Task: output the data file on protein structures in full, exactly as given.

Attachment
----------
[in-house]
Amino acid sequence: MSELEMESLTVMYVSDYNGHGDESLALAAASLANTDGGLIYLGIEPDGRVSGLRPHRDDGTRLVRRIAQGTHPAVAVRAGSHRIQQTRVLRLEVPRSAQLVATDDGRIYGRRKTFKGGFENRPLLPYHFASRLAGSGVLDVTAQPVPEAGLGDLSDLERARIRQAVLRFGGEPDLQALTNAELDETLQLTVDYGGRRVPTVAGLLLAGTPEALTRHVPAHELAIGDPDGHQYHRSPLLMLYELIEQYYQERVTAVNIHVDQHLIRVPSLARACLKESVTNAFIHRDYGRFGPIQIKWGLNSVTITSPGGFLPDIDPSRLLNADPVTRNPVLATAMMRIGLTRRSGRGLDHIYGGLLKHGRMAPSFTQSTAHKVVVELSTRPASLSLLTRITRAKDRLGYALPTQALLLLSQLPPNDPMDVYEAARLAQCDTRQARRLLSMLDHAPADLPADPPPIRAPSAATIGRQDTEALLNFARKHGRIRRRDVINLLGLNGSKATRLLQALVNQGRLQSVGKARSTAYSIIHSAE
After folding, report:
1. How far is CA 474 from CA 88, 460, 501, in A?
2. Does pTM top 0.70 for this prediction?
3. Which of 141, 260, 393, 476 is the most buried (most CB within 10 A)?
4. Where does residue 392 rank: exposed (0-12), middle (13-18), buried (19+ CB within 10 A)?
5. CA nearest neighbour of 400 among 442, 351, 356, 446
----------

[in-house]
Amino acid sequence: MSELEMESLTVMYVSDYNGHGDESLALAAASLANTDGGLIYLGIEPDGRVSGLRPHRDDGTRLVRRIAQGTHPAVAVRAGSHRIQQTRVLRLEVPRSAQLVATDDGRIYGRRKTFKGGFENRPLLPYHFASRLAGSGVLDVTAQPVPEAGLGDLSDLERARIRQAVLRFGGEPDLQALTNAELDETLQLTVDYGGRRVPTVAGLLLAGTPEALTRHVPAHELAIGDPDGHQYHRSPLLMLYELIEQYYQERVTAVNIHVDQHLIRVPSLARACLKESVTNAFIHRDYGRFGPIQIKWGLNSVTITSPGGFLPDIDPSRLLNADPVTRNPVLATAMMRIGLTRRSGRGLDHIYGGLLKHGRMAPSFTQSTAHKVVVELSTRPASLSLLTRITRAKDRLGYALPTQALLLLSQLPPNDPMDVYEAARLAQCDTRQARRLLSMLDHAPADLPADPPPIRAPSAATIGRQDTEALLNFARKHGRIRRRDVINLLGLNGSKATRLLQALVNQGRLQSVGKARSTAYSIIHSAE
After folding, report:
1. How far is CA 474 from CA 88, 460, 501, in A?
2. Does pTM top 0.70 for this prediction?
3. Which of 141, 260, 393, 476 is the most buried (most CB within 10 A)?
4. Where does residue 392 rank: exposed (0-12), middle (13-18), buried (19+ CB within 10 A)?
5. CA nearest neighbour of 400 among 442, 351, 356, 446